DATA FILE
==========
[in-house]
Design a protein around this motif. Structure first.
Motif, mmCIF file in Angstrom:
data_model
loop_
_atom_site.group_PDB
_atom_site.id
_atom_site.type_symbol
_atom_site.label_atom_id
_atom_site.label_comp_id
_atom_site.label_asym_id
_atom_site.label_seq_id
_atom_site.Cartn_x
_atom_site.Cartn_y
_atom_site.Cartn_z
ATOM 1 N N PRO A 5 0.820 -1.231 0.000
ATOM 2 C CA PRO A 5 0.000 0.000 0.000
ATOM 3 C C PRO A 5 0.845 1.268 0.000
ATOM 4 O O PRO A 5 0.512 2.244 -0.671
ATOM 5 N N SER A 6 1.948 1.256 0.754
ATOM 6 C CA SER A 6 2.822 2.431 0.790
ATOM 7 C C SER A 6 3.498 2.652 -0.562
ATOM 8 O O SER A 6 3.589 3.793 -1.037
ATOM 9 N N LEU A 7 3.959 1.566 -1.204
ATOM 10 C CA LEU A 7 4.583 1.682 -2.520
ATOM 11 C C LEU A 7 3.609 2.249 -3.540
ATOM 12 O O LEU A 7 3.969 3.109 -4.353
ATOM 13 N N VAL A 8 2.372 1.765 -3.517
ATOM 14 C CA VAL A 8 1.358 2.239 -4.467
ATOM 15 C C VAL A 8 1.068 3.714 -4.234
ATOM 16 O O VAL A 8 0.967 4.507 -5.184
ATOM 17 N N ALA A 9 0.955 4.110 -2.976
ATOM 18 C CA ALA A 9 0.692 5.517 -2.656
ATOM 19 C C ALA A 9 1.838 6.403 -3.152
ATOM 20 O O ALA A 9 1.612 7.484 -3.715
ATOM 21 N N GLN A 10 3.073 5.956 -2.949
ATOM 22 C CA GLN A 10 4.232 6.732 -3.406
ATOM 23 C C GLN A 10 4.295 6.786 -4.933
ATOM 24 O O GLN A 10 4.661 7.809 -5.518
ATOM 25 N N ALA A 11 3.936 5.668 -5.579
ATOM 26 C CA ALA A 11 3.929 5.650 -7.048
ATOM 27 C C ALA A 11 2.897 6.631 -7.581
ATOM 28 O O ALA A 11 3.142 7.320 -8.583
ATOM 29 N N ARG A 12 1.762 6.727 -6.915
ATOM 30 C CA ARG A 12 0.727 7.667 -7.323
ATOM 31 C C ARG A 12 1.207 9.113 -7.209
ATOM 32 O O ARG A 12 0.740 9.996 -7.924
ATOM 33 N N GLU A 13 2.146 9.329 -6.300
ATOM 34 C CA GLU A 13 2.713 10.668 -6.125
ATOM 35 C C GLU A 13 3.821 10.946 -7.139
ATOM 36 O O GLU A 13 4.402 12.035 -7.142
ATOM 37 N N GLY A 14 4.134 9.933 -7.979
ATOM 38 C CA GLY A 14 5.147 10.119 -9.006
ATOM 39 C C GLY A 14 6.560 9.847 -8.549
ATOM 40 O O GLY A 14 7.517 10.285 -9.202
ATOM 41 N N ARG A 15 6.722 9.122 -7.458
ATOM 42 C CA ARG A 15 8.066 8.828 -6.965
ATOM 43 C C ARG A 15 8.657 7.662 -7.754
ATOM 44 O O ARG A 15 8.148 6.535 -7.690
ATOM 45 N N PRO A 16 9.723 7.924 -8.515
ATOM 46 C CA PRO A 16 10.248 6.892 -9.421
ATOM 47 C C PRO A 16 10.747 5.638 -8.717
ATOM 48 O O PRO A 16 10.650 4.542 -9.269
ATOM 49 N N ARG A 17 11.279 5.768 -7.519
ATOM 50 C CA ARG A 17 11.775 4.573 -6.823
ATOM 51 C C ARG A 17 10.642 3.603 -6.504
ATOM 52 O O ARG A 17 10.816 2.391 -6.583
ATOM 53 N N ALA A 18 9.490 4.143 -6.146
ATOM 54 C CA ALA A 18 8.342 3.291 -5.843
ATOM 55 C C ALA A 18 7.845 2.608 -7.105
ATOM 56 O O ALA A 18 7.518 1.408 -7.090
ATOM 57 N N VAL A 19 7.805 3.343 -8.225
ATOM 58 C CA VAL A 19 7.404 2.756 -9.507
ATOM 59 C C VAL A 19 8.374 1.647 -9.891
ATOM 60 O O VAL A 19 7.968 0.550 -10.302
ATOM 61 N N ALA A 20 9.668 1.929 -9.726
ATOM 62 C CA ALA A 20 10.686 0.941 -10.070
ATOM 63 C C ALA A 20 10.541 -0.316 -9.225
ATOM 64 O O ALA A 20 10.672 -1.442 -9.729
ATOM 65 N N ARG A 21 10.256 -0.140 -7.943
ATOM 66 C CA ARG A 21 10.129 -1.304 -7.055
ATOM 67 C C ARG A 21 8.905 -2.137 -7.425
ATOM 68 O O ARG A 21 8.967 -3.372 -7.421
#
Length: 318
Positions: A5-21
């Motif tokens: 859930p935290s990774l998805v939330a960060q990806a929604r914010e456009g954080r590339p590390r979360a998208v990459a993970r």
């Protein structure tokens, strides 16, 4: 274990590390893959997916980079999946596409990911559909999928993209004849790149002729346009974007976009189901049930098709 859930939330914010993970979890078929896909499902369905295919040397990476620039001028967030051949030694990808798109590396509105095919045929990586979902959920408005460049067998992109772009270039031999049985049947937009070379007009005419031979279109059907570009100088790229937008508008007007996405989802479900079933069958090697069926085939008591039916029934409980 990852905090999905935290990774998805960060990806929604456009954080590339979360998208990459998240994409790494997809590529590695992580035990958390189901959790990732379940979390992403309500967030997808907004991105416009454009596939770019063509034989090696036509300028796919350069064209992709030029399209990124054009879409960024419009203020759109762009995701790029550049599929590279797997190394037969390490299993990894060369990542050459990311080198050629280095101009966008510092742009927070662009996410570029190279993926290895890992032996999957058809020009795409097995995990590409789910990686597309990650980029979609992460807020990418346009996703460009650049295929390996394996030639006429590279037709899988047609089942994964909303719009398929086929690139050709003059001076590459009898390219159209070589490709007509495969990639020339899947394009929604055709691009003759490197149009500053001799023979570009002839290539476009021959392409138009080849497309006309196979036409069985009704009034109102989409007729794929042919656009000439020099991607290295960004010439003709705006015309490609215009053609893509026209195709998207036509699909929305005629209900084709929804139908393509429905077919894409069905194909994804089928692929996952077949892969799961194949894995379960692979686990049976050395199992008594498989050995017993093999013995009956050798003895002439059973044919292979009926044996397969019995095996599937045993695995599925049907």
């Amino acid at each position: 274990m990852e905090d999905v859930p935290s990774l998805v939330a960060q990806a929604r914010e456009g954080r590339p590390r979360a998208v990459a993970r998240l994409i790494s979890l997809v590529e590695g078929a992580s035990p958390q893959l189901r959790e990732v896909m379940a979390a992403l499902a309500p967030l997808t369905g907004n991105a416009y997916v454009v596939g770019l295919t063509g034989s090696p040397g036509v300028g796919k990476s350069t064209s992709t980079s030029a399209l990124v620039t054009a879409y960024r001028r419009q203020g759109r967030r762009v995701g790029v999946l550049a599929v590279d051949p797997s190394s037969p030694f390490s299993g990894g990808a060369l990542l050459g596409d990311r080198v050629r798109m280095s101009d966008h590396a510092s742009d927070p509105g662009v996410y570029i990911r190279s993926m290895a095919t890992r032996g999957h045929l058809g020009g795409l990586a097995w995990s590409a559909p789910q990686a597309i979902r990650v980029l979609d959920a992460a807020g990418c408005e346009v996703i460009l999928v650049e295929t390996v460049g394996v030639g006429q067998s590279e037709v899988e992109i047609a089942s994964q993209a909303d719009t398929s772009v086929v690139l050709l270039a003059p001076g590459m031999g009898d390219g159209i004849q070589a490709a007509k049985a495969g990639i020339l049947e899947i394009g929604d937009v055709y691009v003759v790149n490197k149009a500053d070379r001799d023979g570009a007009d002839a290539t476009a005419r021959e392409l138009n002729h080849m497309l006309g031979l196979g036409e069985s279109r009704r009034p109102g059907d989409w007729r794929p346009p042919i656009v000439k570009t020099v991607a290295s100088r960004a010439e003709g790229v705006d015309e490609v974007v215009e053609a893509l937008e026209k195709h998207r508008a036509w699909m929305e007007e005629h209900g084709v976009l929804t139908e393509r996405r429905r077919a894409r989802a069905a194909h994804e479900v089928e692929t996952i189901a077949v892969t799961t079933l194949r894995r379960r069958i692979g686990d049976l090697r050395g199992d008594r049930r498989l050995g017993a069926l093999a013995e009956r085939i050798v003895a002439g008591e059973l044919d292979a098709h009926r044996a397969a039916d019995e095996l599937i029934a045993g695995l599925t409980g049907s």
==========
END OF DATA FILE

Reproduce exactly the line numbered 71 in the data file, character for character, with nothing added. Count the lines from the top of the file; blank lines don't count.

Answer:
ATOM 56 O O ALA A 18 7.518 1.408 -7.090